I umber of anarchists from Italy. The city
of Baltimore, it la stated, is rapidly beconi-
ing an anarchistic center. The Italian con- i
auls sie engaged in asslsMng the Immi-
(.-ration offlciala. with a view to looming
thece men. and it was said today Unit vi. y
shortly there will be placed in the binds
of the Immigration authorities. surtUient
data upon wuicb to make a uunibtr of
Mr. Raymond of Lot Angeles Kills
Her Sua. bnt Attempt at Suicide
la t nsnccessful.
I .OS ANGELES. Cal.. April 10. Mrs. Kate
Raymond, wife of Frank Kellogg Raymond,
s clerk in the Interior department at
Washington, early this morning turned on
the gis In a room at her home at 851
Selma street, Hollywood, a suburb of this
city, and nfter carefully locking all doors
and windows, asphyxiated her 14-year-old
Eon, Prank, who was sleeping In the room,
and very nearly ended her own life.
Neighbors detected the odor of escaping
gas and the police were notified and the
room broken into.
The body of the boy lay on a small cot
where he had retired, and with a smile
still on his lips. The mother was In a halt
kneeling posture beside tho cot with her
Pngers interlaced ss If In prayer. She was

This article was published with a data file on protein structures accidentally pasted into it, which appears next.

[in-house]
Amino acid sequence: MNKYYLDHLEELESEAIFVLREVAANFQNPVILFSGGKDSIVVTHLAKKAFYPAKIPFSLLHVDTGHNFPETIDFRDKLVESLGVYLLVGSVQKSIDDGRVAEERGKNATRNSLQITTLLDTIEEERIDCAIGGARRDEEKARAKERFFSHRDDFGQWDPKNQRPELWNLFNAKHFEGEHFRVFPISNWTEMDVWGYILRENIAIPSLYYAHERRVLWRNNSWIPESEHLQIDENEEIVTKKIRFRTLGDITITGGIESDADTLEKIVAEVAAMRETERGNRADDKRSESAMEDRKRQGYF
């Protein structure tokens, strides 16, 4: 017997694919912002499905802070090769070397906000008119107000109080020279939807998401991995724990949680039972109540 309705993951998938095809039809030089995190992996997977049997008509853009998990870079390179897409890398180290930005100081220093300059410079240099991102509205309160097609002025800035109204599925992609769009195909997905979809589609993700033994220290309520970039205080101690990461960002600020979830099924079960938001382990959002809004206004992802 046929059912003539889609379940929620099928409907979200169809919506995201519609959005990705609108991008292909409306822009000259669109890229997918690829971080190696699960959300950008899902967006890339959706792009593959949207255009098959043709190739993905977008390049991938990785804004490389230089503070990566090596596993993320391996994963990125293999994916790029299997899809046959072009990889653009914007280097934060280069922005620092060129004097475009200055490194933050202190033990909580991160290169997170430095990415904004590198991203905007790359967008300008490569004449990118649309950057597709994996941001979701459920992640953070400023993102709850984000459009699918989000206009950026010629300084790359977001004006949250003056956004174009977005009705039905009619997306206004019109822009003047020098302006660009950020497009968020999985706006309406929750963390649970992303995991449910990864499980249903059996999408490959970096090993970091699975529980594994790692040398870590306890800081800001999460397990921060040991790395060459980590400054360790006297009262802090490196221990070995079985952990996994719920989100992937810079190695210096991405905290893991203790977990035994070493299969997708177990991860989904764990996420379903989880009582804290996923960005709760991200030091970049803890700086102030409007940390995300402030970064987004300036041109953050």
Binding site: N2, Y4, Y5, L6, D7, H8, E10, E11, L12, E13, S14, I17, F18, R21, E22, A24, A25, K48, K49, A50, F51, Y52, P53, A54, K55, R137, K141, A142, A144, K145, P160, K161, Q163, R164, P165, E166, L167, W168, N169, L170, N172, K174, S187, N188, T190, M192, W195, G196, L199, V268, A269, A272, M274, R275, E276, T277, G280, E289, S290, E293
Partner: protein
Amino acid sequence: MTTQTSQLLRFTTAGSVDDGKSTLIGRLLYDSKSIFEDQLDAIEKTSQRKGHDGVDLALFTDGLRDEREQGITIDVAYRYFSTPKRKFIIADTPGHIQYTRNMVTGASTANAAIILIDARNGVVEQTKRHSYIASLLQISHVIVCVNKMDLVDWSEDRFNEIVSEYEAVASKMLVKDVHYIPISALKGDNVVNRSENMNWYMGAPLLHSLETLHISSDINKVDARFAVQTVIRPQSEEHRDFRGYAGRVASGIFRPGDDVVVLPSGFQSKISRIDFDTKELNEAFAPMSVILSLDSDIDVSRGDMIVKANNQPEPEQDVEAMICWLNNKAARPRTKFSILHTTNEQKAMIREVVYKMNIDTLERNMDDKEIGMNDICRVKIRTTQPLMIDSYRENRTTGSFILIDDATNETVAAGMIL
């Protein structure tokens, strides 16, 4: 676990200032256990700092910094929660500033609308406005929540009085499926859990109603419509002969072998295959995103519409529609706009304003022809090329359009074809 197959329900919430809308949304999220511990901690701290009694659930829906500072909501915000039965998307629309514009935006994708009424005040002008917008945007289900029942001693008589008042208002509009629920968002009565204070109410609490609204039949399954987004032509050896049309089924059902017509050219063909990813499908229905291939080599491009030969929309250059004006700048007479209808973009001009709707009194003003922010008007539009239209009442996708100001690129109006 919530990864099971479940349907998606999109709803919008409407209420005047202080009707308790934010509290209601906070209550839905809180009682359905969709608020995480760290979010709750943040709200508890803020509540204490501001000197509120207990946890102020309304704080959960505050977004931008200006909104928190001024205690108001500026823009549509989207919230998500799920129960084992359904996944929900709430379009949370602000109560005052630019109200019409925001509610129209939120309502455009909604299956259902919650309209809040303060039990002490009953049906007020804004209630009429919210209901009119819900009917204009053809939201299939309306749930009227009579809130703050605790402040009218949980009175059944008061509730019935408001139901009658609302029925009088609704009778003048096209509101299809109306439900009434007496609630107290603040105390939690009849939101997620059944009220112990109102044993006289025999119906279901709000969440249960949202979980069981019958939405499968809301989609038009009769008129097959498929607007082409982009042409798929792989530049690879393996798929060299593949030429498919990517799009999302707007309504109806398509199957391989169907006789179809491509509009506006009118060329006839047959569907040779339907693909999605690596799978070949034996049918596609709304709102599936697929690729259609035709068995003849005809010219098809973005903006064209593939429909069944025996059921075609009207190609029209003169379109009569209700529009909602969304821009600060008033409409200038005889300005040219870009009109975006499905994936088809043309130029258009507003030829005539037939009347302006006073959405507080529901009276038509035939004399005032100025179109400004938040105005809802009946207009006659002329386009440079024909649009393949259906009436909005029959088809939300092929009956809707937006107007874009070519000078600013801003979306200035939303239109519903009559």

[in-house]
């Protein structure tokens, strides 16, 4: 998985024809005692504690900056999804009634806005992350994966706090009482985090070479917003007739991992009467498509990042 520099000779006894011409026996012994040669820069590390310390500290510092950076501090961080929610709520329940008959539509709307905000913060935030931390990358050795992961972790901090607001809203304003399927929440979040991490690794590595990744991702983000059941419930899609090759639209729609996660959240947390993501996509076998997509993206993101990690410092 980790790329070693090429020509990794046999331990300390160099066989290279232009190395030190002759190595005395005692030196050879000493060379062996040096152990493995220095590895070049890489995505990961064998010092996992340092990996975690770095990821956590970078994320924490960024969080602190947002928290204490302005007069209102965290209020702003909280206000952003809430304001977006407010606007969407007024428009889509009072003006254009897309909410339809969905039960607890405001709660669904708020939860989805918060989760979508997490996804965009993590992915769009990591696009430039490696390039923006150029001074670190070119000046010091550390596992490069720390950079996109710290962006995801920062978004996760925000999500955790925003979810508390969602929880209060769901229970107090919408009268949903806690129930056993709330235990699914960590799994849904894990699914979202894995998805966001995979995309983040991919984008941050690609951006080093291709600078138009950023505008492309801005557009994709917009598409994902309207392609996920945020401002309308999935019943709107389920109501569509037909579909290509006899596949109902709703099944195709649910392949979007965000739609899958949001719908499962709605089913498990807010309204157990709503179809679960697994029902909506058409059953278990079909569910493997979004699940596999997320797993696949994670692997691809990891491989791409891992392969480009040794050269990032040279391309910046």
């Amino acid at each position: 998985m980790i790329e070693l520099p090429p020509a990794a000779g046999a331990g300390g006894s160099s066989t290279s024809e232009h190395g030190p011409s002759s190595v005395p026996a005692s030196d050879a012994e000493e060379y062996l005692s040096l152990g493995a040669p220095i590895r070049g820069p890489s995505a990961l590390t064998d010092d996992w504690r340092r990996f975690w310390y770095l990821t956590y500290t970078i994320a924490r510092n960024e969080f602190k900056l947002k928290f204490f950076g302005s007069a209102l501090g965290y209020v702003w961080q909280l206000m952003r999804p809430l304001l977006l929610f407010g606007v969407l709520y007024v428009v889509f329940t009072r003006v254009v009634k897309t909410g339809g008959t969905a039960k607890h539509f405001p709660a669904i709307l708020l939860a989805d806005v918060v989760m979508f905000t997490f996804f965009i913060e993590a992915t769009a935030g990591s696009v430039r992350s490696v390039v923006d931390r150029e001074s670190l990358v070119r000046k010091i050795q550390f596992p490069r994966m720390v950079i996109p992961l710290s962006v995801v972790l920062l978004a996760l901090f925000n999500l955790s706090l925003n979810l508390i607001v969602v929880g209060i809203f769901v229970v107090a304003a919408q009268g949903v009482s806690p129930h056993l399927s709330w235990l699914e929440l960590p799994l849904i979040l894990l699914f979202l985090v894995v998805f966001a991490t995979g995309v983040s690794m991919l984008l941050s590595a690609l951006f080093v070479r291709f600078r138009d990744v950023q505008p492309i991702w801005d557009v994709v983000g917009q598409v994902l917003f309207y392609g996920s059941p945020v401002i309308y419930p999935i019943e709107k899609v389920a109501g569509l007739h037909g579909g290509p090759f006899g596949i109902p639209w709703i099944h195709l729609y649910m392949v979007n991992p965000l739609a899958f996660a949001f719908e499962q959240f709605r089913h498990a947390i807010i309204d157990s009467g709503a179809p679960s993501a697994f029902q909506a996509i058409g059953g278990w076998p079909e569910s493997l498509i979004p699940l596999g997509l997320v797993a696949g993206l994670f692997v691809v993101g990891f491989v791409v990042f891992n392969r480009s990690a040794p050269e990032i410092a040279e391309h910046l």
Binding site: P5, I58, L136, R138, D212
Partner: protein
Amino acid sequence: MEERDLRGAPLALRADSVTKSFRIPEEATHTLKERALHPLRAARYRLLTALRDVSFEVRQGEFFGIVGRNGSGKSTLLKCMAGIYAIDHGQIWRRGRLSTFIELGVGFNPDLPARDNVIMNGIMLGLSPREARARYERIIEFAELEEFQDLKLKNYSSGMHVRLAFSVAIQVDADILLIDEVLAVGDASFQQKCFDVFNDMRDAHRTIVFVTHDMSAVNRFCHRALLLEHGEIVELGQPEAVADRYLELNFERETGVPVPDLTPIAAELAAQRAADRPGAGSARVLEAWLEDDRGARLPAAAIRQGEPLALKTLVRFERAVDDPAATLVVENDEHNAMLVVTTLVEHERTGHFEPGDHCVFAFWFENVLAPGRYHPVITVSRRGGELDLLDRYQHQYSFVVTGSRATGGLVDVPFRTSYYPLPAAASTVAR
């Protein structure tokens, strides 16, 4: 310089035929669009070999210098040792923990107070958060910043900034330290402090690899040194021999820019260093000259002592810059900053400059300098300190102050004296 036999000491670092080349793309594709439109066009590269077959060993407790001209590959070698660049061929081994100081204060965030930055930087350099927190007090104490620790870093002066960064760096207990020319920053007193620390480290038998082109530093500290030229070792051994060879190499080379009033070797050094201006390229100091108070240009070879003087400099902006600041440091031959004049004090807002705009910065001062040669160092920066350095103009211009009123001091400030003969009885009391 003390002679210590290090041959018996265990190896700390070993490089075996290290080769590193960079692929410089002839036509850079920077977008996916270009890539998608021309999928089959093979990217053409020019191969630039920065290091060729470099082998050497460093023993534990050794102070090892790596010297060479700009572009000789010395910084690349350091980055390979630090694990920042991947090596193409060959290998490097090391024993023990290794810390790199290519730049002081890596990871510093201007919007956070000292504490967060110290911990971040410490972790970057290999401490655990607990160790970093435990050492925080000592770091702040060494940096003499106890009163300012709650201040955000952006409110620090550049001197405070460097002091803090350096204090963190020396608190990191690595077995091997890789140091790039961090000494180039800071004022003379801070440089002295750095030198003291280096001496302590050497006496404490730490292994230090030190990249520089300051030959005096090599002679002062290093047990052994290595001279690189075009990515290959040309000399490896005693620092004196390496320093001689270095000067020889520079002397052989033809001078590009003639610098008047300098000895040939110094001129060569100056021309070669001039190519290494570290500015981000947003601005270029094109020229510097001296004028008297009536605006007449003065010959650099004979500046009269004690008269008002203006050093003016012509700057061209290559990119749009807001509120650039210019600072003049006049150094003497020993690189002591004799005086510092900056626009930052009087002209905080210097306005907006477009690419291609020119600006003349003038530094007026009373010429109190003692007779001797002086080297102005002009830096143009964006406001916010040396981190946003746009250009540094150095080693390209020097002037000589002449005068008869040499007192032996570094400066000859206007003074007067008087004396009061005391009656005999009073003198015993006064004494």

)eonscious and her breathing scarcely
J7 Mlecable. It was at first thought that she
- Mild not survive, but tonight the physl-j-
lans who are attending her have hopes
hat she win lecover.
The deed had been carefully planned.
The woman left two letters, one addressed
to her mother, Mrs. Martha Cooper of
Ban Diego, Cal.. and the other to a neigh
bor. Mrs. Cromblet. In her letter to her
mother she hinted at her unhappy life
and said she and her son Would be better
off dead. Mrs. Raymond had but lately
returned from a visit to her husband In
the east and had appeared very much de
pressed. 6he had been In Hollywood sev
eral months and had entertained a great
WASHINGTON. April 10,-Frank Kellogg
Raymond, the husband of Mrs. Raymond,
who, with her child, was asphyxiated In
her home at Hollywood, Cal.. has received
a dispatch from that place announcing the
death of both mother and child. This
telegram was signed by P. C. Cramblett,
and said:
"Mrs. Raymond killed herself and little
boy last night. Wire Instructions or
come on."
Mr. Raymond leaves here for Hollywood
Mr. Raymond is a clerk In the sta
tionery division of the Interior depart
ment. He is a native of Indiana, but was
appointed to the government service from
Speaking of tho tragedy tonight Mr.
Raymond said he was unable to account
for It. His wife was In excellent health,
so far as he knew, and he doubted the
suicide theory. He was prostrated by the
Well Defined Rumor that Both Wltte
and Durnovo Are to Be
BT. PETERSBURG, Aprl.1 10,-Rumors of
a complete reorganisation of the cabinet
are everywhere current tonight. Many
well-informed persona believe that the fight
between Premier Wltte and Interior Min
ister Durnovo will result In the retire
ment of both, but that no change will take
place until the pending loan negotiations
have b,-n concluded. Finance Minister
Bhlpoff and Minister of Commerce Federott
also are said, to be slated to go- M. Yermo
loff. former minister of agriculture, who